Knockabout Cricket

In the 1860s the game of cricket was hugely popular and often played between neighbouring pastoral stations in Western Victoria.

One day at Pine Hills station, a tall aboriginal boy steps out from the phalaris grass and joins in a game of cricket. He shows them all how to play the game with skill, grace and flair. His name was Unaarramin or Johhny Mullagh from Mullagh Station.

Touring England, playing for the Melbourne Cricket Club and for his local club the Harrow Cricket Club Johnny Mullaghs achievements in batting and bowling are comparable to the best the game has ever seen. Fifteen years before Test Cricket began, Johnny Mullagh became a true sporting legend, his feats making him one of Australia’s first international cricket stars.

A cricketing hero to a white audience, he was also a man caught between two worlds, facing racism and discrimination.

Knockabout Cricket is a fictional account of how Johnny Mullagh may have come to play cricket, told from the perspective of a squatters son. This picture book is supported by historical facts about Knockabout Cricket and Johnnys life from historical documents and newspaper clippings.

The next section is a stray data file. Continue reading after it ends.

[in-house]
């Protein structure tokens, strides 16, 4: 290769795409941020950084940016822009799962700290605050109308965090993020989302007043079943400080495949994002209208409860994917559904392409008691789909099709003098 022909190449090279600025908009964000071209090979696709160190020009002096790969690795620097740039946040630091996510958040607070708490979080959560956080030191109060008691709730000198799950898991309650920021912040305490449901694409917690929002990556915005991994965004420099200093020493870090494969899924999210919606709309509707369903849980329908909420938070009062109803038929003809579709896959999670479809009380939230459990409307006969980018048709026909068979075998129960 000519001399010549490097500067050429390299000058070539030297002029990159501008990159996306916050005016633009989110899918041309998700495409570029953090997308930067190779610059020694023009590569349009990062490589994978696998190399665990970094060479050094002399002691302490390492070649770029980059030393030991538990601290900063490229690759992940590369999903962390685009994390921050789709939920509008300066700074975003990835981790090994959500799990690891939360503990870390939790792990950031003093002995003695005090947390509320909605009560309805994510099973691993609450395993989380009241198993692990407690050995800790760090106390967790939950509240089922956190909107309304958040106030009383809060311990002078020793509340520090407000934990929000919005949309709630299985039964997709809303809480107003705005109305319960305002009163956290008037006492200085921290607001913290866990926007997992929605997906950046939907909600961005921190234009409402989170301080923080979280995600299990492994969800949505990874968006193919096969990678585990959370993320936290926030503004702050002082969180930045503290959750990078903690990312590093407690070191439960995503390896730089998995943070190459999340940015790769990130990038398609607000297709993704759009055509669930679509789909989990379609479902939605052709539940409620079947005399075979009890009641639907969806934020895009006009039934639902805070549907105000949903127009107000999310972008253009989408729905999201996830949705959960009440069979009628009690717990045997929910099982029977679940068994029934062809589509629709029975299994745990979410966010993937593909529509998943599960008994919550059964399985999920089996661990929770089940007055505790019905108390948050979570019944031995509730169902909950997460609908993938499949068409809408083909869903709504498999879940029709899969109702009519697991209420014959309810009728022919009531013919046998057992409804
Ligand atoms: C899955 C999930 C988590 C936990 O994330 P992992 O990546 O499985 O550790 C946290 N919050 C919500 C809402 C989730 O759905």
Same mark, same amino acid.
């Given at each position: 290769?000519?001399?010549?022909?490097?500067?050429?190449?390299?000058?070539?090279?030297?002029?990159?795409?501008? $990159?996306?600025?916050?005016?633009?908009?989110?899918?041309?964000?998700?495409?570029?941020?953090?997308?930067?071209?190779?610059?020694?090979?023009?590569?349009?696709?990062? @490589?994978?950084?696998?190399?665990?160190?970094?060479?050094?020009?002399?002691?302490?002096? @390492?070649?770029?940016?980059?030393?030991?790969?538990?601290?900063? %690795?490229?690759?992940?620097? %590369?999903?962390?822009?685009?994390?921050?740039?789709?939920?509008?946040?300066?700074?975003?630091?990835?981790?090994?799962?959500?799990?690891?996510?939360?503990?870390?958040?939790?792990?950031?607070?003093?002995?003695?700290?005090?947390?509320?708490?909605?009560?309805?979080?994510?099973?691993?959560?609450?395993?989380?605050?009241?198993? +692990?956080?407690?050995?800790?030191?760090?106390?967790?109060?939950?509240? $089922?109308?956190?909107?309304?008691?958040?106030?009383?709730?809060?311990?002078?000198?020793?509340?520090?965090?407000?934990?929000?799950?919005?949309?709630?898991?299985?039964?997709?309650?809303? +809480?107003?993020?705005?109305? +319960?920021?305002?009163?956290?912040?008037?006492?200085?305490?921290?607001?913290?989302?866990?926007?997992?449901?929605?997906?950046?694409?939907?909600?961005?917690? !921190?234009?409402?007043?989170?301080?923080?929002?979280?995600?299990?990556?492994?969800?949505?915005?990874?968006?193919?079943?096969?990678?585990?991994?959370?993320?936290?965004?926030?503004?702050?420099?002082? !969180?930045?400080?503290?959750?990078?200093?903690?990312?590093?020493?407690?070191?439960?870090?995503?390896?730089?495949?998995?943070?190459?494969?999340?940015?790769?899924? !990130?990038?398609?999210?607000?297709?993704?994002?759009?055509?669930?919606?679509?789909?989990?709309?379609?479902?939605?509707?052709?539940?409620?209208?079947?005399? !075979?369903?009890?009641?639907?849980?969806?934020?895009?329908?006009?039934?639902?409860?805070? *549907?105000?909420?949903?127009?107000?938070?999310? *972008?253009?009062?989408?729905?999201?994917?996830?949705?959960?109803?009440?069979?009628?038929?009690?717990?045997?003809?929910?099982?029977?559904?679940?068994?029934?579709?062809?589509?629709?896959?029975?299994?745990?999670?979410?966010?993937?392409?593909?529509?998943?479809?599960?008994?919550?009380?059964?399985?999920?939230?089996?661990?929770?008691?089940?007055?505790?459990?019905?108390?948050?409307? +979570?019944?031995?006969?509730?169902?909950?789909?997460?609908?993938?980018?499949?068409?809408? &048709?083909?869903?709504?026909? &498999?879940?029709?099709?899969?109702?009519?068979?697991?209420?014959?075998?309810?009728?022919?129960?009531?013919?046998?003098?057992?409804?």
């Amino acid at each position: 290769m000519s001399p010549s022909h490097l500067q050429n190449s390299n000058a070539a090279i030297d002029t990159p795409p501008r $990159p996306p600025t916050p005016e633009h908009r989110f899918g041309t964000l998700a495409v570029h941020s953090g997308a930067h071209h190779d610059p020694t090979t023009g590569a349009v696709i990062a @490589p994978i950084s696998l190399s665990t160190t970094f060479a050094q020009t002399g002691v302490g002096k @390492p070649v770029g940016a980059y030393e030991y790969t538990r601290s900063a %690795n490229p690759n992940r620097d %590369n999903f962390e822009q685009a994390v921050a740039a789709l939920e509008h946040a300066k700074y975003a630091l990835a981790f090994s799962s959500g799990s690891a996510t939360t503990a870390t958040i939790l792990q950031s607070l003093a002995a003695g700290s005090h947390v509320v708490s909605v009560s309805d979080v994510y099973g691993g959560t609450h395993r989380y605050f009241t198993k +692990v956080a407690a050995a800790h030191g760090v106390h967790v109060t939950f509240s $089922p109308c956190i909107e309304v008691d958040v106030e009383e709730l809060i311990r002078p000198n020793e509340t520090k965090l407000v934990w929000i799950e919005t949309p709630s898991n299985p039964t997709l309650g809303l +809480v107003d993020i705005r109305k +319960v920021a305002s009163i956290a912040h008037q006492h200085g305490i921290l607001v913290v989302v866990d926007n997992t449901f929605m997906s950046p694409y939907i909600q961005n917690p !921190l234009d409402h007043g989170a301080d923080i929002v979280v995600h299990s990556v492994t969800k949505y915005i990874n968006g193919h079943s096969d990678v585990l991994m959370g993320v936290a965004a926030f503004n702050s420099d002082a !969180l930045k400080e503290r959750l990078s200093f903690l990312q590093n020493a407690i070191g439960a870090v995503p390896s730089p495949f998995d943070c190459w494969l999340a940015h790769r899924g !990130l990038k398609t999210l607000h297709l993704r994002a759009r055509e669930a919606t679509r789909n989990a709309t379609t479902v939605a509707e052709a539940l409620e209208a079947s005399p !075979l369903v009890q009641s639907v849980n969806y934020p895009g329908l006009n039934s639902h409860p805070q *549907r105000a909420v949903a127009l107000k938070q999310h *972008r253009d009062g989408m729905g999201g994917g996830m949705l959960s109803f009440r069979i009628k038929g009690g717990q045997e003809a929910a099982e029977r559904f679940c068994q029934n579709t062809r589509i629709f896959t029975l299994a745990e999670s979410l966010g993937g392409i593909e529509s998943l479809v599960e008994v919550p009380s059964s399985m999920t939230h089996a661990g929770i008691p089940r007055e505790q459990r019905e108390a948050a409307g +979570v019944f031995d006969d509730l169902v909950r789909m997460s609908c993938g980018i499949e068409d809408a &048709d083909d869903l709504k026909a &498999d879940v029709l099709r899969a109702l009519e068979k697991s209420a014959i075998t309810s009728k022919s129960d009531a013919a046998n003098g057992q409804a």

The legendary Johnny Mullagh is one of the great characters of Australian cricket history. This wonderful children's book tells his amazing story and of his love of the game. I thoroughly enjoyed reading the book, as did my three cricket obsessed children!

James Sutherland, C.E.O Cricket Australia

About the author

I had the perfect childhood surrounded. I was surrounded by animals, cats and dogs (kittens and puppies too, of course) canaries, doves, chickens and ducks (yep, chicks and ducklings), turtles, ferrets, rabbits, cattle and sheep (calves and lambs) and horses and foals. And I had a thousand acres to run around in – they were happy days and that’s why I write for children.

My Grandfather was a stockman and he bred, trained and raced his own racehorses. I spent hours in the saddle as a child, riding with my cousin. We’d hang out in the stables, watching all the comings and goings. There was trackwork, yearlings being broken in, young horses being educated, farriers shoeing racehorses. It was a busy place. We’d help where we could and afterwards, we’d sit around on upturned feed buckets and listen to stories.

Read more about Neridah

Neridah McMullin

Photo By: Prue Sheed